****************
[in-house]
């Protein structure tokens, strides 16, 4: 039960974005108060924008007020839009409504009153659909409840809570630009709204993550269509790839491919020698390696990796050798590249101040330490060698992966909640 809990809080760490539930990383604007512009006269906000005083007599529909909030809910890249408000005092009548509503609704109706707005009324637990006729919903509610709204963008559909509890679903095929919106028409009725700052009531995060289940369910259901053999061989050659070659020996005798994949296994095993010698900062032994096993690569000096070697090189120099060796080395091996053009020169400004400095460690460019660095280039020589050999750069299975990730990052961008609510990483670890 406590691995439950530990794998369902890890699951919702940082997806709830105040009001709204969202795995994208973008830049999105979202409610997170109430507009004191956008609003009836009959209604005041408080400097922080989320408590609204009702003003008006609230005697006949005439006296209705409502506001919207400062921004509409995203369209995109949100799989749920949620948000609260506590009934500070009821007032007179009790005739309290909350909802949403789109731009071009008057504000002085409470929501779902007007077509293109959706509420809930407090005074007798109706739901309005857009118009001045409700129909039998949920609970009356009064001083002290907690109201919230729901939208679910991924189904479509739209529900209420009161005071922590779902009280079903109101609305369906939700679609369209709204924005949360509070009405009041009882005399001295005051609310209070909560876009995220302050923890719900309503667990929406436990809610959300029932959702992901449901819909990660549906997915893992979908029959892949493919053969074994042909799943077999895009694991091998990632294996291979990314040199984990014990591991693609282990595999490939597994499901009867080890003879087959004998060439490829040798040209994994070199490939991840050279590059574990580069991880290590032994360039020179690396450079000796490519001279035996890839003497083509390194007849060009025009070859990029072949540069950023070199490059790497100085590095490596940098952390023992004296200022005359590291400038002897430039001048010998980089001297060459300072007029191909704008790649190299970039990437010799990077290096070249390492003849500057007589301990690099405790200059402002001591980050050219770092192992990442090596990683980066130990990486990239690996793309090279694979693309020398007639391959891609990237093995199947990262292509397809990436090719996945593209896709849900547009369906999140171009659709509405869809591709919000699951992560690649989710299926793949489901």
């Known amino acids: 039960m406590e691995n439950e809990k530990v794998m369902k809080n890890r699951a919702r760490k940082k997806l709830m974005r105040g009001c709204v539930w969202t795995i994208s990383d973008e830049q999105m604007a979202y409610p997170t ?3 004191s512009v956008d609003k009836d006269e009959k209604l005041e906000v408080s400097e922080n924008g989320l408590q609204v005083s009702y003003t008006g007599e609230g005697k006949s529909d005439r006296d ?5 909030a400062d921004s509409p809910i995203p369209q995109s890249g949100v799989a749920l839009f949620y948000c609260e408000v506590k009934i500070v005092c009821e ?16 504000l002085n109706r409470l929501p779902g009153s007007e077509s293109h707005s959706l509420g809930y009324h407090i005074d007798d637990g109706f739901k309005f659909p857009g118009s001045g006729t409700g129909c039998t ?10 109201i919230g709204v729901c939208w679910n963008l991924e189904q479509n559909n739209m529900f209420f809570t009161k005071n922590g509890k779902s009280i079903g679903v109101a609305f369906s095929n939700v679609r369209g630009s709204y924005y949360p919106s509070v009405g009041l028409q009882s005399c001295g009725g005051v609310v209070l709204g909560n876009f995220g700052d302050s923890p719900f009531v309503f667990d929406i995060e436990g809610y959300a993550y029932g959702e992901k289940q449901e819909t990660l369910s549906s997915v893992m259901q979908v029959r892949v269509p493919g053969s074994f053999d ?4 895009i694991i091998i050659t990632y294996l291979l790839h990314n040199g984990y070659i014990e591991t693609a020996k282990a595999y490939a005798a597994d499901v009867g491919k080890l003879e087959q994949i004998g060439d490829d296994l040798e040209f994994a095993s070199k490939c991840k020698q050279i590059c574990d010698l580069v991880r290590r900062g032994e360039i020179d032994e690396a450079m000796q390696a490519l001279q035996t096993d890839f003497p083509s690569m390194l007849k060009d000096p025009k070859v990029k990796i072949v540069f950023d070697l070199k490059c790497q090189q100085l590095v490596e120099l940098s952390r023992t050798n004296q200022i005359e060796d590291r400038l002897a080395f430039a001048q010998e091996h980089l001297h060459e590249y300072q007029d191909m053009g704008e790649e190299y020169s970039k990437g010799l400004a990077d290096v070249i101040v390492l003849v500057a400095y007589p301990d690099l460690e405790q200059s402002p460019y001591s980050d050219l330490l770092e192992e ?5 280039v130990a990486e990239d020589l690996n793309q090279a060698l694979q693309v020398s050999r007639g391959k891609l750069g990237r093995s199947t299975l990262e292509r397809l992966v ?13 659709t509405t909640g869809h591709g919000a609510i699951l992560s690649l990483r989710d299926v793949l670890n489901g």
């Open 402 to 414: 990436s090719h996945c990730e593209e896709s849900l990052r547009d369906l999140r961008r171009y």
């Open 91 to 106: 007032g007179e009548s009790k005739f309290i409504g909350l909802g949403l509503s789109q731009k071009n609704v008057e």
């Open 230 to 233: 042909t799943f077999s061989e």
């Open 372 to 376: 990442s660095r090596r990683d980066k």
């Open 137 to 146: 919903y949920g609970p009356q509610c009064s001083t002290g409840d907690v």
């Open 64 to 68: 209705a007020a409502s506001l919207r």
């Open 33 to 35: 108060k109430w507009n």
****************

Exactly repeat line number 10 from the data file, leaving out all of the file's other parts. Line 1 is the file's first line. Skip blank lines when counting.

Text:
């Open 33 to 35: 108060k109430w507009n």